FIG. 9 illustrates an application-specific embodiment of the virtual display system. Several optical projection units 910, 911 and a tracking unit (not shown) may be situated in a public place (e.g., an airport, a park . . . etc). Users with a pair of glasses and/or contact lenses are then able to check information (e.g., airline departure times, local events . . . etc) simply by looking in the direction of the optical projection units 910, 911 and thereby viewing a virtual information plane 930. If a bar code system is implemented as described above, then only users with the proper authentication information (i.e., bar code) will be permitted to view private data (e.g., personal e-mail). Either a single projection unit or multiple projection units may be used in this embodiment.
Furthermore, because the virtual image is projected directly into the users'retinas, the virtual information plane 930 can be viewed anywhere—even in an outdoor area on a bright, sunny day. By contrast, monitors using current CRT technology are incapable of producing enough light to be visible under these conditions.
The number of optical projection units 910, 911 necessary for implementing this embodiment of the invention will depend on the maximum scanning frequency of each of the optical projection units 910, 911—i.e., the number of individual retinas that a single unit can scan at some minimum reasonable scanning rate. What is “reasonable” will depend on the minimum number of frames/second (i.e., the number of times that a single retina is completely scanned in a second) which will allow a human to comfortably view the scanned image (i.e., without a significant “flicker”). This minimum frame rate is typically proportional to the brightness of the projected or scanned image. For example, a bright computer screen may require a higher scanning rate (e.g., 75 Hz or greater) than in a relatively dim movie theater (e.g., 48 Hz).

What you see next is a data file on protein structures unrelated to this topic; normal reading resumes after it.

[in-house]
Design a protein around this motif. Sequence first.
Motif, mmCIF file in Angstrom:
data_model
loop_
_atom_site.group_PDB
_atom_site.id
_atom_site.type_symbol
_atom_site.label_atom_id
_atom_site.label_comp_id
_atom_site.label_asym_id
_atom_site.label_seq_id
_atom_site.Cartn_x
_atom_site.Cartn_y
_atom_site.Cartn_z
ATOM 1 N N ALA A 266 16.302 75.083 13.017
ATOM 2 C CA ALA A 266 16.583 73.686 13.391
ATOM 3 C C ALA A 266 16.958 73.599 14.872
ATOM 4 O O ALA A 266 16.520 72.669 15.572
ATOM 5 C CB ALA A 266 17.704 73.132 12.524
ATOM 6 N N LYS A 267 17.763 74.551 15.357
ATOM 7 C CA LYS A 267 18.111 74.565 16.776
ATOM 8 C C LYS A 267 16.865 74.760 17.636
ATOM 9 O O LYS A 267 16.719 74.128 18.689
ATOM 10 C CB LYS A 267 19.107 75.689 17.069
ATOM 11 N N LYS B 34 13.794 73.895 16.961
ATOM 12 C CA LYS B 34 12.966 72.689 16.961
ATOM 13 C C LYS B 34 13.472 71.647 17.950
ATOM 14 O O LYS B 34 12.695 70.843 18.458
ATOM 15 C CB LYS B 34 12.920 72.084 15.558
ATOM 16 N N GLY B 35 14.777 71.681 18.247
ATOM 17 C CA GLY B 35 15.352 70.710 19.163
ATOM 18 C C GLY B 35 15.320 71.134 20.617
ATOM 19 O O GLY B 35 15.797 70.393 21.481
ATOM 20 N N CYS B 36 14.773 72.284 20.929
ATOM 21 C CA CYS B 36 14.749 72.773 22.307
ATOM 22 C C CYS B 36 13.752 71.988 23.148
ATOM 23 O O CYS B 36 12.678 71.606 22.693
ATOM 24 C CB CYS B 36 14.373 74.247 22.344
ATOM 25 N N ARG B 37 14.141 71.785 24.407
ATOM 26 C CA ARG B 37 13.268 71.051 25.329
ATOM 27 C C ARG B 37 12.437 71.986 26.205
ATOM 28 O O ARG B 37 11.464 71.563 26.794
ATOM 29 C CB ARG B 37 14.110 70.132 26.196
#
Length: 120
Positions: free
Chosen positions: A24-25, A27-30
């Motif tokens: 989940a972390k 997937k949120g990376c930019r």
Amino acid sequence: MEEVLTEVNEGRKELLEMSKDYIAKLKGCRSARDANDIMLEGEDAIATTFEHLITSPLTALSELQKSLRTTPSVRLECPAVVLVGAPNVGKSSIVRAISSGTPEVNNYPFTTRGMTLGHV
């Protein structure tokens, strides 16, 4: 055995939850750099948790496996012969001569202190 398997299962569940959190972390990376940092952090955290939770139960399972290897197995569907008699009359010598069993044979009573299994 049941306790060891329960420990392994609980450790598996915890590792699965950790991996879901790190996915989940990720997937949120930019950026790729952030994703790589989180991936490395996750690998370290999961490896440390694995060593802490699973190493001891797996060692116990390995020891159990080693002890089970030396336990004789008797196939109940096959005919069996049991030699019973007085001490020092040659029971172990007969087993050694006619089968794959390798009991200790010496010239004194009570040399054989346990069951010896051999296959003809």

In one embodiment of the virtual display system, the user's headset includes a microphone and/or earpiece for transmitting/receiving an audio signal from the public optical projection unit 910, thereby expanding the range of potential applications for the virtual display system. For example, this embodiment would allow the user to participate in video conferences.
The virtual display system described herein may be used for a variety of additional applications. For example, the system can replace big-screen television sets or other monitors which take up a substantial amount of floor space. The system can also replace large video projection systems (e.g., those used in movie theaters or large conferences), and thereby eliminate the need for large, flat projection surfaces.
In one embodiment of the system, an entire room may be filled with tracking units 410 and/or optical projection units 310 to produce a virtual reality environment. The optical projection units 310 may be spaced sufficiently close together such that as soon as the user moves out of range of one projection unit 310, he or she falls within the range of a second projection unit 310. One or more tracking units 410 continually track the direction in which the user is looking at any given time and transmit this positional data to a central control unit 430 (or several control units which communicate to one another).
In addition, numerous different users can interact within the virtual reality environment. For example, in one embodiment, a motion capture system such as those used by the motion picture industry and the video game industry tracks the motion of each user and transmits this information back (in the form of a video image) to the other users. In one embodiment, this is accomplished by affixing magnetic sensors on specific parts of each users'body and then generating a magnetic field within the virtual space which is distorted by the sensors. In another embodiment, reflective elements are placed on the user and optical sensors are positioned throughout the virtual space.